Operations team can use this data to identify inconsistencies early in the testing stage itself and improving them can impact the overall quality of the application or software being released. Automating test runs for speed, quality and accuracy can help in saving time and detecting problems that might take too much of time or in haste, can go unidentified in the end-user environment. With Artificial Intelligence (AI) and Machine Learning (ML), tools available in the market, companies need to put operational data together and, analyse them, define KPIs, measure KPIs from them and create actionable steps for improvement of DevOps lifecyle management. The next action after deriving insights is to keep your operations team in continuous monitoring mode to predict incidents even before they happen and integrate ‘Ops’ truly into your DevOps lifecycle.
The future of Ops is to help developers in just self-serving them with the maximum automation and least intervention and monitoring real-time data to ensure the quality is not compromised with more frequent releases.
Qentelli’s TED as Quality Intelligence Platform:
Qentelli created TED, an Engineering dashboard with capabilities to collect data from various data sources, create metrics and define KPIs and derive insights for improvement. What makes TED a true Quality Intelligence platform and unique, is its ability to derive actionable insights for most key DevOps KPIs out of the box and artificial intelligence (AI) to improve processes, provide predictions for incidents and auto-healing for broken processes. Qentelli helped some of Fortune 1000 companies get better with their Quality and Speed using TED. This can help operations team to have end to end visibility of where companies are leading on their DevOps journey and get it on the right track if it goes here and there.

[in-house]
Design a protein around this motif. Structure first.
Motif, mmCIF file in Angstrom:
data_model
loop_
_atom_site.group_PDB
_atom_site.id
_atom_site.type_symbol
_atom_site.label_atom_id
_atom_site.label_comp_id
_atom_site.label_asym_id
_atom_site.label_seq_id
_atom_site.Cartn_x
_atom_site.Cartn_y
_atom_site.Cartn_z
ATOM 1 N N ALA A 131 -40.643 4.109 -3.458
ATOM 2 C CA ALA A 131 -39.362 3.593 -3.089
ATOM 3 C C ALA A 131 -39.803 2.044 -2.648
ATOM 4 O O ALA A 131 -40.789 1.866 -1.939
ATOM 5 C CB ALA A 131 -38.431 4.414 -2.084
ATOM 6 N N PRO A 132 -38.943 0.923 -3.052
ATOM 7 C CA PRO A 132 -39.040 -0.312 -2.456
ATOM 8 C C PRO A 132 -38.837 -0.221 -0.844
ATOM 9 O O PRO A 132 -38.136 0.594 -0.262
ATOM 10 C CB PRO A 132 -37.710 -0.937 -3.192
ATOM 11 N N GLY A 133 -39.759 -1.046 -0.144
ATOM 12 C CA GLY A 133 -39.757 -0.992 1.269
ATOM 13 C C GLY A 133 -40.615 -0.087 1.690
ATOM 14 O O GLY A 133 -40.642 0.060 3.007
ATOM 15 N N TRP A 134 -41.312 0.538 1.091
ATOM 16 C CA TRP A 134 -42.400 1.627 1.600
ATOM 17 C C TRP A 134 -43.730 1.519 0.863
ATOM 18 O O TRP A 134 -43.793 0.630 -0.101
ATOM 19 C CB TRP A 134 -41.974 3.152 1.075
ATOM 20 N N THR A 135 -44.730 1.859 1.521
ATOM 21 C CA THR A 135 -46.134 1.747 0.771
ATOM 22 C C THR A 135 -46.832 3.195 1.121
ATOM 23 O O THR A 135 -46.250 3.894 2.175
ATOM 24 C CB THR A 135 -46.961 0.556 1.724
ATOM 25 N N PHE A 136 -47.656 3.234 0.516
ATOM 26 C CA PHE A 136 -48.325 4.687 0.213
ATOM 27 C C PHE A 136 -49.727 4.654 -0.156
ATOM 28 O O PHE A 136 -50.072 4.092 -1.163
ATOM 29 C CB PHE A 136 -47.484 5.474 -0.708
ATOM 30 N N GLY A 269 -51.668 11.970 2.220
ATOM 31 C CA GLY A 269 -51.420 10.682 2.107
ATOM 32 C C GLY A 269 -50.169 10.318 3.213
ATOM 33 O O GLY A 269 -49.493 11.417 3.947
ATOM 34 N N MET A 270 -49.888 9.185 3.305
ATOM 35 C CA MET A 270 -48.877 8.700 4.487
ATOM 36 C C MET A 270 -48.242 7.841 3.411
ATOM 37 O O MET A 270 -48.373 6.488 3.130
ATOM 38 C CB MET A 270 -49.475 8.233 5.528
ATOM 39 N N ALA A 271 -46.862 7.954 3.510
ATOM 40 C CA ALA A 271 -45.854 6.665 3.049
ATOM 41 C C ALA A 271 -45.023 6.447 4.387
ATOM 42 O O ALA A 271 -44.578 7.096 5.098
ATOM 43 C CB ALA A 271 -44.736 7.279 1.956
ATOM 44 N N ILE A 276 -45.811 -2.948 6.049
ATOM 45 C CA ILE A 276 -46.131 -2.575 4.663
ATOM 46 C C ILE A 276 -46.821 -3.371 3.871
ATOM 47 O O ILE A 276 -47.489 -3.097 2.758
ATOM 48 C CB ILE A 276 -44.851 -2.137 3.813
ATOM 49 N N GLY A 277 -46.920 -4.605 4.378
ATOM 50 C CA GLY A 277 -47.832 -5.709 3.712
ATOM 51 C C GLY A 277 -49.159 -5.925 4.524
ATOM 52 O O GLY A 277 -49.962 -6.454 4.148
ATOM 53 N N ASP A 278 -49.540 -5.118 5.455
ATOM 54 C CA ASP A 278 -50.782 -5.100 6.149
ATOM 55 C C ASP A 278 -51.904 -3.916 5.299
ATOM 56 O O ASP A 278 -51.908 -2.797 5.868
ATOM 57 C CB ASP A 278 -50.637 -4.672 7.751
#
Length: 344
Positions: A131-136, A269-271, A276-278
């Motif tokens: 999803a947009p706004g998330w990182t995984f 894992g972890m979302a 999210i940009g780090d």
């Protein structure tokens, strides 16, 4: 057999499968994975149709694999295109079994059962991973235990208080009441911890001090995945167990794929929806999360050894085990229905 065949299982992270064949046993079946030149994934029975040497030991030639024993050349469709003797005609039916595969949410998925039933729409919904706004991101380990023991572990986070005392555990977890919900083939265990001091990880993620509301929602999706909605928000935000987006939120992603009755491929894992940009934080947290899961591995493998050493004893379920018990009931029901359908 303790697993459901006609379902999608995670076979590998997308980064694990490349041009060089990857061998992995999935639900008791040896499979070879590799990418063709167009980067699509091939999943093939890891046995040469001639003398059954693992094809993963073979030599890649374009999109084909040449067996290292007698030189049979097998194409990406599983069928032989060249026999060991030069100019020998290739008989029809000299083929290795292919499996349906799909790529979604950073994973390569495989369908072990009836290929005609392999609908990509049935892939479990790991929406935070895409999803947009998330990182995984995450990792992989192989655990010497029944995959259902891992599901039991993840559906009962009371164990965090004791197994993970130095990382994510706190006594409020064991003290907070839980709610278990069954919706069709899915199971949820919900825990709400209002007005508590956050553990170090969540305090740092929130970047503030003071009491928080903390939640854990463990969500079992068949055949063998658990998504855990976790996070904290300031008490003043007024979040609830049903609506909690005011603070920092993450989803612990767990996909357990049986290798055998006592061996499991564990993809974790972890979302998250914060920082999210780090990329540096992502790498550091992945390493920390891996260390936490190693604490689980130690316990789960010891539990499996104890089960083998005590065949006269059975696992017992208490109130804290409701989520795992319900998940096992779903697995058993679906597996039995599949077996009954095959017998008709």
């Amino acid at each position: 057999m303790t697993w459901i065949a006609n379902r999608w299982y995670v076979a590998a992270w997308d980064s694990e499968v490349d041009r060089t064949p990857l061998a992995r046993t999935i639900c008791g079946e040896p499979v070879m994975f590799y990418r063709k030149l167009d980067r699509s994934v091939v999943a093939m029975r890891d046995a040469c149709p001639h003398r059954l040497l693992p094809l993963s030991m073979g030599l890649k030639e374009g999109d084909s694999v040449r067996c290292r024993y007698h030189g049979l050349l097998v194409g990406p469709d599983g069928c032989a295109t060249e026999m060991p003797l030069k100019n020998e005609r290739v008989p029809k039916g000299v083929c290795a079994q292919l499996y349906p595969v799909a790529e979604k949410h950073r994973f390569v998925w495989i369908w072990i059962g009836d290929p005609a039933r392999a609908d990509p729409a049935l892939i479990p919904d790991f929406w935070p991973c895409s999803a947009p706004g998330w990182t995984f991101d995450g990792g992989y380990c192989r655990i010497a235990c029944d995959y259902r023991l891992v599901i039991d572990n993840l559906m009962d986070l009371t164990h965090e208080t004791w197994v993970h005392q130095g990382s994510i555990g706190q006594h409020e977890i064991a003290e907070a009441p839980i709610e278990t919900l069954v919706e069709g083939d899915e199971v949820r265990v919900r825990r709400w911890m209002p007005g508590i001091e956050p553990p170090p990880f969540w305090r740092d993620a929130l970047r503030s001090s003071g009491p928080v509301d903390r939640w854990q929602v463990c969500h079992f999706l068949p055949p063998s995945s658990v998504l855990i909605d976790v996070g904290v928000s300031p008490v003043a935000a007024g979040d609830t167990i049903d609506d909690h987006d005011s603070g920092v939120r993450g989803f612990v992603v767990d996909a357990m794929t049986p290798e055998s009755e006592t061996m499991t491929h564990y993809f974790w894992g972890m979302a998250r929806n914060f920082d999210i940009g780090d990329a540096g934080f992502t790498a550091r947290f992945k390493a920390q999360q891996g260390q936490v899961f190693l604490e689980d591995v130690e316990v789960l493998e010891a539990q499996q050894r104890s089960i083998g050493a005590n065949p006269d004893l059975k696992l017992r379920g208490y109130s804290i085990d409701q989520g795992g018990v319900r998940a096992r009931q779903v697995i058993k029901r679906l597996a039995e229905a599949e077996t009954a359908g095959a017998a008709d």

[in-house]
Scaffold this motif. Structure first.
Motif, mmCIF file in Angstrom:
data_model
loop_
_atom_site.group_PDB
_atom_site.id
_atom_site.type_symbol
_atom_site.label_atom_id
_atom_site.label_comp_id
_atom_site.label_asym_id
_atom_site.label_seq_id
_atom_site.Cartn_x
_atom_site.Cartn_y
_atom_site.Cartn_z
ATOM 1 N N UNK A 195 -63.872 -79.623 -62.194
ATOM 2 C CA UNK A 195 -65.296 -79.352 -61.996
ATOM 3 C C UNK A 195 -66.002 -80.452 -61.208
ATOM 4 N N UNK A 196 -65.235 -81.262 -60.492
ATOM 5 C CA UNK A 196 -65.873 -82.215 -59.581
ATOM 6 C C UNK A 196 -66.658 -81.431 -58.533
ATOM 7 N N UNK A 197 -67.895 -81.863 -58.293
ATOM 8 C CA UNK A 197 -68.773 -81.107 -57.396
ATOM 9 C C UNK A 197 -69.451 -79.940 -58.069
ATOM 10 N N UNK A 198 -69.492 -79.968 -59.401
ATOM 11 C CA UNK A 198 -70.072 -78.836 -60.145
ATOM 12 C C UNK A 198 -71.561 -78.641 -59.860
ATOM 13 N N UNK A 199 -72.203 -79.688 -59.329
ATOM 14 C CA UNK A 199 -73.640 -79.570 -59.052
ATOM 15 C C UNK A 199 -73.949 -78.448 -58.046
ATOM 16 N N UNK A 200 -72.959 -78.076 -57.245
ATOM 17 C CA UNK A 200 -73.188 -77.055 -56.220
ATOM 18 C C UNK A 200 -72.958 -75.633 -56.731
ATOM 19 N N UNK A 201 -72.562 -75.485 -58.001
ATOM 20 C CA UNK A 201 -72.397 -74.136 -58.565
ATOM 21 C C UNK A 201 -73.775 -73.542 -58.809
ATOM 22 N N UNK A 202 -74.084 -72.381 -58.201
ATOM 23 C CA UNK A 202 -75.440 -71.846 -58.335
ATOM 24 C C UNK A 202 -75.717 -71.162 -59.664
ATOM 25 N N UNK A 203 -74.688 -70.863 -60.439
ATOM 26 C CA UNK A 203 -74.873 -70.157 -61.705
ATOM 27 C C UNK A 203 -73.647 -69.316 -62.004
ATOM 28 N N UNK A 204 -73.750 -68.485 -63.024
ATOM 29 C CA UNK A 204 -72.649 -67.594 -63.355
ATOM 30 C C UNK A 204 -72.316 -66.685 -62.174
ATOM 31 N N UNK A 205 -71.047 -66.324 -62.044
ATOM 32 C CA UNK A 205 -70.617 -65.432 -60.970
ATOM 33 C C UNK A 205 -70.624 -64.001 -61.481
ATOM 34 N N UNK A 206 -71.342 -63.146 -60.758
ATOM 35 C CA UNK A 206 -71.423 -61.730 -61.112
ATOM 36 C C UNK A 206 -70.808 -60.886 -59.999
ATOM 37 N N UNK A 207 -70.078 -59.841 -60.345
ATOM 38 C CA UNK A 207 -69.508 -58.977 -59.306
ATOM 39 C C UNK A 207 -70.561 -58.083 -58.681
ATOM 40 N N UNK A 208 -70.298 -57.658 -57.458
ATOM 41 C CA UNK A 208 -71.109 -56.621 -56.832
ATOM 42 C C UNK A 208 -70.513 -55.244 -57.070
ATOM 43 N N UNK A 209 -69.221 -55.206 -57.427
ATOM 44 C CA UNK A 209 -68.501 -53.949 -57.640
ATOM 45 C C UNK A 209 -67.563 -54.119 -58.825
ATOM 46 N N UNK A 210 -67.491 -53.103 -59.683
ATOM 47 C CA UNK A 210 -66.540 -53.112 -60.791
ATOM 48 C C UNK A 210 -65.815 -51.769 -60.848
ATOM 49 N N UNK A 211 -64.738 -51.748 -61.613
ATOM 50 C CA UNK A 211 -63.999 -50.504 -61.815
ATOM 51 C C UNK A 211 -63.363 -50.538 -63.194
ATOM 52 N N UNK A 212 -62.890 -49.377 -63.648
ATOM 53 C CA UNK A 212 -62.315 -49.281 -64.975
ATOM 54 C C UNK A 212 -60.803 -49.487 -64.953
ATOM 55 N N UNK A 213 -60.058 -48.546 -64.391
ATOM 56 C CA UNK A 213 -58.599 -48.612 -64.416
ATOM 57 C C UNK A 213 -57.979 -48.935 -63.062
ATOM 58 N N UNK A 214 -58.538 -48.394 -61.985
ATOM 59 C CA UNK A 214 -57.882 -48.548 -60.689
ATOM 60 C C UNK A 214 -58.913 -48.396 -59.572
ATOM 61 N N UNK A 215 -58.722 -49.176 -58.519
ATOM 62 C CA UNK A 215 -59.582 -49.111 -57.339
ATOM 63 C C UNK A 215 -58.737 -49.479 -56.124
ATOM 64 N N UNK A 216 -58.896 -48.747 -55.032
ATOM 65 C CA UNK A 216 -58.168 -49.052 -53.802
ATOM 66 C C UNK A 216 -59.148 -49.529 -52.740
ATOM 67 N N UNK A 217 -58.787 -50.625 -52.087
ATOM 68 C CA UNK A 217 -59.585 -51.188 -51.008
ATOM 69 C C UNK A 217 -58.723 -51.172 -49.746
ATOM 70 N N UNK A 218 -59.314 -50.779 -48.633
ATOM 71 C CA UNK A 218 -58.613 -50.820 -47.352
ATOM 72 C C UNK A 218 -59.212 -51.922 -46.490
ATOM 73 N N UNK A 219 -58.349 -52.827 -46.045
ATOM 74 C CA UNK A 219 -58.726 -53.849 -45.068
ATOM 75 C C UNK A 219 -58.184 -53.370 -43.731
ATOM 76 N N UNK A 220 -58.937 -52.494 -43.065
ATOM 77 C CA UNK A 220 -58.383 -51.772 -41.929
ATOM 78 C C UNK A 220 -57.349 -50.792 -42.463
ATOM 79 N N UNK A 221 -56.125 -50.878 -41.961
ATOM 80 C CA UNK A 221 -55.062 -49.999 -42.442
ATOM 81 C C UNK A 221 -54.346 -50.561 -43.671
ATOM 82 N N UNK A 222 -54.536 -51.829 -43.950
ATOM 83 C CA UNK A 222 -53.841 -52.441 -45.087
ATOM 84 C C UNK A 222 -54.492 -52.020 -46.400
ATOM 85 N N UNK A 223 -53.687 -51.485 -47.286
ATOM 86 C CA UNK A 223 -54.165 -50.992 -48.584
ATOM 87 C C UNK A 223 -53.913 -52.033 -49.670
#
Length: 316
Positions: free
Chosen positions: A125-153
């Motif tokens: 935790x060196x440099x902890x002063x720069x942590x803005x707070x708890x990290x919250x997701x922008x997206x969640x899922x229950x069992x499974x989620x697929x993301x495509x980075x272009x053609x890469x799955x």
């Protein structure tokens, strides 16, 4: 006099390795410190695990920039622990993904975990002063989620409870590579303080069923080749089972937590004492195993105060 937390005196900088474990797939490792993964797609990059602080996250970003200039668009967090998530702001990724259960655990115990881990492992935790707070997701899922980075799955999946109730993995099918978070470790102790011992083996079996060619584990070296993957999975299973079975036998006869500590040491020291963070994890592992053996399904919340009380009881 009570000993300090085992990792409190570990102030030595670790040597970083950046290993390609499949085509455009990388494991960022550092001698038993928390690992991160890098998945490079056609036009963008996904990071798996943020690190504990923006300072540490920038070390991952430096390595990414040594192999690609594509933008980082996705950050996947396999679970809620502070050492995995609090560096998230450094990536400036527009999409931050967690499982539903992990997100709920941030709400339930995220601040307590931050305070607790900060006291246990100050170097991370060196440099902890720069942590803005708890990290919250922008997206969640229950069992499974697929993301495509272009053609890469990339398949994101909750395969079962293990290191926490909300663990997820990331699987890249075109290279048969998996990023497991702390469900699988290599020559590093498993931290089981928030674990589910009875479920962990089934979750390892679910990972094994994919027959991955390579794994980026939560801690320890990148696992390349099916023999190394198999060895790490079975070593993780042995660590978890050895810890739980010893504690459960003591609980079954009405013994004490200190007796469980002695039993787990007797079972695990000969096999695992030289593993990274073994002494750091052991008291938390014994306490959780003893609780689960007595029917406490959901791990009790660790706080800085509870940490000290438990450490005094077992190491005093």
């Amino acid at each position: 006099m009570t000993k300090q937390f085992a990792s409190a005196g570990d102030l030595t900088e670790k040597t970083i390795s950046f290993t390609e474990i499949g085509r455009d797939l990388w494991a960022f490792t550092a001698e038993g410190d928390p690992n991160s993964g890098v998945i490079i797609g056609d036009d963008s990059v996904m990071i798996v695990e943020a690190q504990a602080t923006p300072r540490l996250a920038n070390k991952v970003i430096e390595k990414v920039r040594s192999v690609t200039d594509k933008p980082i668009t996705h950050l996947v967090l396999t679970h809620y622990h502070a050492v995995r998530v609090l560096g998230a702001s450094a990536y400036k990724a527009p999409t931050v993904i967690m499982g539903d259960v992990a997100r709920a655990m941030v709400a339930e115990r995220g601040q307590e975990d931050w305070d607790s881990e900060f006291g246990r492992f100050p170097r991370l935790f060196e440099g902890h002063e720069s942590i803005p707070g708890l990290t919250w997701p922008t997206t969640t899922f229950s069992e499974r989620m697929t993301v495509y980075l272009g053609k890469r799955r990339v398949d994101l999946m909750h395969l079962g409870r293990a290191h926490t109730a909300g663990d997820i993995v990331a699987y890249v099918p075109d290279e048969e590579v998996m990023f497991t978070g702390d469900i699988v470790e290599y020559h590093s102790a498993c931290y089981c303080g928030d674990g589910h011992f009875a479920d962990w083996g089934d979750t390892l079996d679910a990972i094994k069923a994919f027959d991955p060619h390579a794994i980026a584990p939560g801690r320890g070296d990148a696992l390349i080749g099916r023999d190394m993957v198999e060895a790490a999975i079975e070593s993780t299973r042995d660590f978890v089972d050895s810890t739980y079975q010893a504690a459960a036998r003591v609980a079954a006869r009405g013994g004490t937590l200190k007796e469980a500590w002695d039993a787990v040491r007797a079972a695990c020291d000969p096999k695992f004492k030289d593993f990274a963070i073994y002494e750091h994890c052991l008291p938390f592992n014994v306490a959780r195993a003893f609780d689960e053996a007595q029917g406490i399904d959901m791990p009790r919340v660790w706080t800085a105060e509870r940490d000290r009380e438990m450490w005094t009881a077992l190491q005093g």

To learn and explore more in detail about Qentelli’s AI-driven automated testing solutions and DevOps implementations, please write to us at firstname.lastname@example.org. Our experts will be delighted to engage with you.
Headquartered in Dallas, TX with global delivery teams in India, Qentelli is an Industry Thought Leader in Quality Engineering, Automated Testing and Continuous Delivery. With high performing engineering teams working in the dedicated Innovation Group, Qentelli brings design thinking to address complex business problems and enables Continuous Delivery across Enterprise IT through automation for its global customers.